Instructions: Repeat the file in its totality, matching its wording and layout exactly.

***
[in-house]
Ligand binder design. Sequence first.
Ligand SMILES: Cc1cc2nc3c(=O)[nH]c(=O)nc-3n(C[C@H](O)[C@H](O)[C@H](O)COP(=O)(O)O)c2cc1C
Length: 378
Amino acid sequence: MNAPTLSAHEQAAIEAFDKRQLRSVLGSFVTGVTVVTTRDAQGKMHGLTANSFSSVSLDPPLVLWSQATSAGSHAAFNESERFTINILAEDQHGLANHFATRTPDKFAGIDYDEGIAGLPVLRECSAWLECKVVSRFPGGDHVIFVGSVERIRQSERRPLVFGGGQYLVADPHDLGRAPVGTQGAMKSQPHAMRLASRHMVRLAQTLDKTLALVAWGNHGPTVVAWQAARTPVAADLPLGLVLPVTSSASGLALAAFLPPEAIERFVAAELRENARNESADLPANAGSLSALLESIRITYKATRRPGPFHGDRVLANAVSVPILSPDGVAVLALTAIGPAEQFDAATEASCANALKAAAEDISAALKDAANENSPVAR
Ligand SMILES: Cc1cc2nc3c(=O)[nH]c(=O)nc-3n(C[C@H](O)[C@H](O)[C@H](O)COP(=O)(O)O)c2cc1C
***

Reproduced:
[in-house]
Ligand binder design. Sequence first.
Ligand SMILES: Cc1cc2nc3c(=O)[nH]c(=O)nc-3n(C[C@H](O)[C@H](O)[C@H](O)COP(=O)(O)O)c2cc1C
Length: 378
Amino acid sequence: MNAPTLSAHEQAAIEAFDKRQLRSVLGSFVTGVTVVTTRDAQGKMHGLTANSFSSVSLDPPLVLWSQATSAGSHAAFNESERFTINILAEDQHGLANHFATRTPDKFAGIDYDEGIAGLPVLRECSAWLECKVVSRFPGGDHVIFVGSVERIRQSERRPLVFGGGQYLVADPHDLGRAPVGTQGAMKSQPHAMRLASRHMVRLAQTLDKTLALVAWGNHGPTVVAWQAARTPVAADLPLGLVLPVTSSASGLALAAFLPPEAIERFVAAELRENARNESADLPANAGSLSALLESIRITYKATRRPGPFHGDRVLANAVSVPILSPDGVAVLALTAIGPAEQFDAATEASCANALKAAAEDISAALKDAANENSPVAR
Ligand SMILES: Cc1cc2nc3c(=O)[nH]c(=O)nc-3n(C[C@H](O)[C@H](O)[C@H](O)COP(=O)(O)O)c2cc1C